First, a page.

That Which Is Bigger Than Us is ubiquitous. My walk took me across Wandsworth Bridge. I like baseball caps and in the summer they keep the sun off my ‘thinning’ pate, but today discovered a drawback. The centre of the bridge, ‘open’ to the breeze that blows along the River Thames, means that it can get quite windy and catch the ‘bill’ of the cap and had the potential to lift it off. And so, with cap in hand I had to laugh. The wind gusted at times and quite took my breath away. Invigorating wasn’t the word. Ah, the Source of All is in fire, water, rock beneath me and, I detected, in the air, in the wind, today, also.

‘I am also Reason, having the wind of the sounding Word by which all things were created, and I breathe in them all…’

The Life-Giver’s breath flows through everything. If you want to know if a person is alive, check for breath. Isn’t that what we’re told? But, that relates to earthly life.

On my walk today, Hldegards words whispered in my mind. None die (that is none are annihilated) her words reverberated deep within me, as she echoed words given to her. Imbued with life, we, as is everything else, cannot die. Many think that the opposite to life is death. There is no death. Change yes, but we do not die. Eckhart Tolle said, ‘Life has no opposite. The opposite of death is birth. Life is eternal.’

‘…so that none may die…’

I’m now in my London place, its now raining and the temperature is dropping a little, again, and I’m thankful for central heating. Yes, I’m still in London, have had my batteries ‘re-charged’, have encountered nature (even) in the city, listened deeply and learned a thing or two on my walk, and would encourage you to be open to Life itself, wherever you are.

‘…because I am Life…’ [This, and all indented quotes above are the words of Hildegard of Bingen, speaking about the Life-Giver].

Many blesses of the vernal equinox to you and yours, and for those of the autumn equinox to those of the southern hemisphere. Tadhg.

Ephemera: The Ice Moon: 27 February 2021

This month’s February full moon is close. Don’t forget that many ancient civilisations had, and still have, the moon as a guide to their days and the change of seasons. And, the full month this month takes place on 27 February 2021 in the constellation of Leo the Lion in the south-east northern hemisphere.

I am going to notice the lights of the earth, the sun and the moon and the stars, the lights of our candles as we march, the lights with which spring teases us, the light that is already present.” Anne Lamott 

Moon names: The February’s moon is called by Celts and Druids as the Ice moon or the Snow moon.

Now, to the next (Full) moon to the Chinese people it may be the Budding moon; to the people of the Inuit peoples  it is said to be the  Seal Pup moon; the Storm moon as Wiccan; and the Horning moon of those who are Nordic.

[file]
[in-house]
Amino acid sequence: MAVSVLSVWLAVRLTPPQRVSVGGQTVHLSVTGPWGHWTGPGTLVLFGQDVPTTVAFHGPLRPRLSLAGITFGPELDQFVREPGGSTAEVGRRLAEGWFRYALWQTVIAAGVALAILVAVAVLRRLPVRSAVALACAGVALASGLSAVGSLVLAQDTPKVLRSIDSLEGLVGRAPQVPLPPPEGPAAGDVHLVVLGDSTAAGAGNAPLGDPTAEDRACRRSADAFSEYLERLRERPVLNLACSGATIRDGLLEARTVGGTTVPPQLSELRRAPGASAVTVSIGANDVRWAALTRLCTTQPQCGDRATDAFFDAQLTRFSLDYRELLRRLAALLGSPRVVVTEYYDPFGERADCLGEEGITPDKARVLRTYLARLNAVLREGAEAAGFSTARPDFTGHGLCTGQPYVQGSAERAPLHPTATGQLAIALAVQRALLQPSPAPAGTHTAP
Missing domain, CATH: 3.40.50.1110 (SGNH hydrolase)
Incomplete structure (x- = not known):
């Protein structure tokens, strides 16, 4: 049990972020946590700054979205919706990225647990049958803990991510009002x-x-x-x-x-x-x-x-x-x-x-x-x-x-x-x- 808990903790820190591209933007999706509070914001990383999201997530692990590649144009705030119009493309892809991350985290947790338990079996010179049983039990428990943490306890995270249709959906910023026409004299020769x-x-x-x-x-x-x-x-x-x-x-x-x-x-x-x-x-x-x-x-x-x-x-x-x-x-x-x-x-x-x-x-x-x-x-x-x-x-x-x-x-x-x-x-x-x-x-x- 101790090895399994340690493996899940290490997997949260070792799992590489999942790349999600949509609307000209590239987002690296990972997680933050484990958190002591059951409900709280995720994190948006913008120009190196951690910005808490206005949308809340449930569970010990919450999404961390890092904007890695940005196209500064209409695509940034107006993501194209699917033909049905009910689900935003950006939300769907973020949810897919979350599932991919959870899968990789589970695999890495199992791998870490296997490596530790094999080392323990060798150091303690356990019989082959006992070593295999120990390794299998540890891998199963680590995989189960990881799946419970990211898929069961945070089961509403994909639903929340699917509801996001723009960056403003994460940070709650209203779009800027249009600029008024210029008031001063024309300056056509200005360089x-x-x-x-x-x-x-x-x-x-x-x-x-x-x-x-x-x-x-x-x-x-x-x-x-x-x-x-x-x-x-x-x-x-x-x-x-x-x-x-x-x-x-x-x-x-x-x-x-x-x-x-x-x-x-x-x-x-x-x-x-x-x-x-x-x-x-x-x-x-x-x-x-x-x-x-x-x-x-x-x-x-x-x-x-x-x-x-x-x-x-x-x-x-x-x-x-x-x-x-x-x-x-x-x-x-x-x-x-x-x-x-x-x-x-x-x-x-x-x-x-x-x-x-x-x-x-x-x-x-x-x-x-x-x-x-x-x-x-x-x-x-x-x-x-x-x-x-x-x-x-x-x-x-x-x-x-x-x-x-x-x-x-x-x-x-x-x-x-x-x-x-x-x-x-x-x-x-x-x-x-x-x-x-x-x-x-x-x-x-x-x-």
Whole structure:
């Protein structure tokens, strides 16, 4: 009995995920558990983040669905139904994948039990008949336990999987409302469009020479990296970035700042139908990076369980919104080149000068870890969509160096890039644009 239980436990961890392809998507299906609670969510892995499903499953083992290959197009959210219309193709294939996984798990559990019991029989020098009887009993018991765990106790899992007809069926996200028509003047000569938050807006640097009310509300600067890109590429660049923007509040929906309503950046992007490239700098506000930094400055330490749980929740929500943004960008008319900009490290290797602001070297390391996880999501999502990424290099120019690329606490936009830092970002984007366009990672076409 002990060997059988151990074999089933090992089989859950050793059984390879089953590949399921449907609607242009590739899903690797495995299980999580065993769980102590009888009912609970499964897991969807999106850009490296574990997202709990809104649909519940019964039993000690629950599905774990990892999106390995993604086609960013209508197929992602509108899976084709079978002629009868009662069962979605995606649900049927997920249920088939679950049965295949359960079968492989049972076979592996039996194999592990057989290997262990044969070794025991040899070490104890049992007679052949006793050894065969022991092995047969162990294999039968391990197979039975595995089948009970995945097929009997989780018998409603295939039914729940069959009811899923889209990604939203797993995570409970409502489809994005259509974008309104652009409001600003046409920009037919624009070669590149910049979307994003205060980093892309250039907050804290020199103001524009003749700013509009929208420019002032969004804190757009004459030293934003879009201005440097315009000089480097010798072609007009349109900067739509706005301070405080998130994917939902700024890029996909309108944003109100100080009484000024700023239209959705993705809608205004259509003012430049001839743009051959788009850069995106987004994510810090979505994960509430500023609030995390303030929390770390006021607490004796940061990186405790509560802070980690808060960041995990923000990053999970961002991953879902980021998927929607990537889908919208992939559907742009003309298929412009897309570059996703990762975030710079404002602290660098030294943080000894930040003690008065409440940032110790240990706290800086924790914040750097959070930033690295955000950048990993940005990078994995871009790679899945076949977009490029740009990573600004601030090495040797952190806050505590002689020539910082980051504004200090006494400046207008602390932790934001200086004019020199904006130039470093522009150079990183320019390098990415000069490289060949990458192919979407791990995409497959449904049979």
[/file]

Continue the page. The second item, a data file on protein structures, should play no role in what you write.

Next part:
Some call this moon (or full moon) as the Ash Moon or Ash Ogham Moon (as the Ogham Tree Ash covers 17 February to 18 March). But, not all of them.

Some might not use Ogham tree months as historically correct – but I often think it is still nice having Ogham ‘romantic’ months/trees/moons and having months allied to ecological trees. Others/most use January to December months, instead, and yet which includes a few despot Roman emperors. And Ogham/ecological trees are better… I think. What do you think?

It did occur to me, if there was any correlation between the Ash the month and to of recent day of Ash Wednesday on 17 February. Odd? I wonder?

For the February moon for those in the Southern Hemisphere the different names might be called: Grain Moon, Sturgeon Moon, Red Moon, Corn Moon, Dog Moon, Barley Moon. You might already have a Southern Hemisphere name already, but if you haven’t, then you might like to call one.

“With freedom, books, flowers, and the Moon, who could not be happy.” Oscar Wilde

(Scientific) Lunation: This moon is Lunation 1214. 

Lunation 1, for those interested (for astronomers, astrologers, natural historians, myth etc) started at the first new moon in 17 January, 1923 by Ernest William Brown as a way of ‘figuring’ out the moon’s almanac to all. The next Lunation 1215 starts at the next new moon in March.  So, the current moon, and the next full moon is now Lunation 1214.

“The moon looks upon many night flowers; the night flowers see but one moon.” Jean Ingelow

Myth: In Greek mythology, Leo is the lion near Nemea, part of Peloponnese, in Greece, that would terrorise the populace. Killing the lion was one of the Hercules twelve labourers. The lion’s death is placed in the constellation. 

Stay wild, moon child.” Riitta Klint 

And more: The next may article cover ideas of what you might like to do as the next full moon eg liturgy or a few events.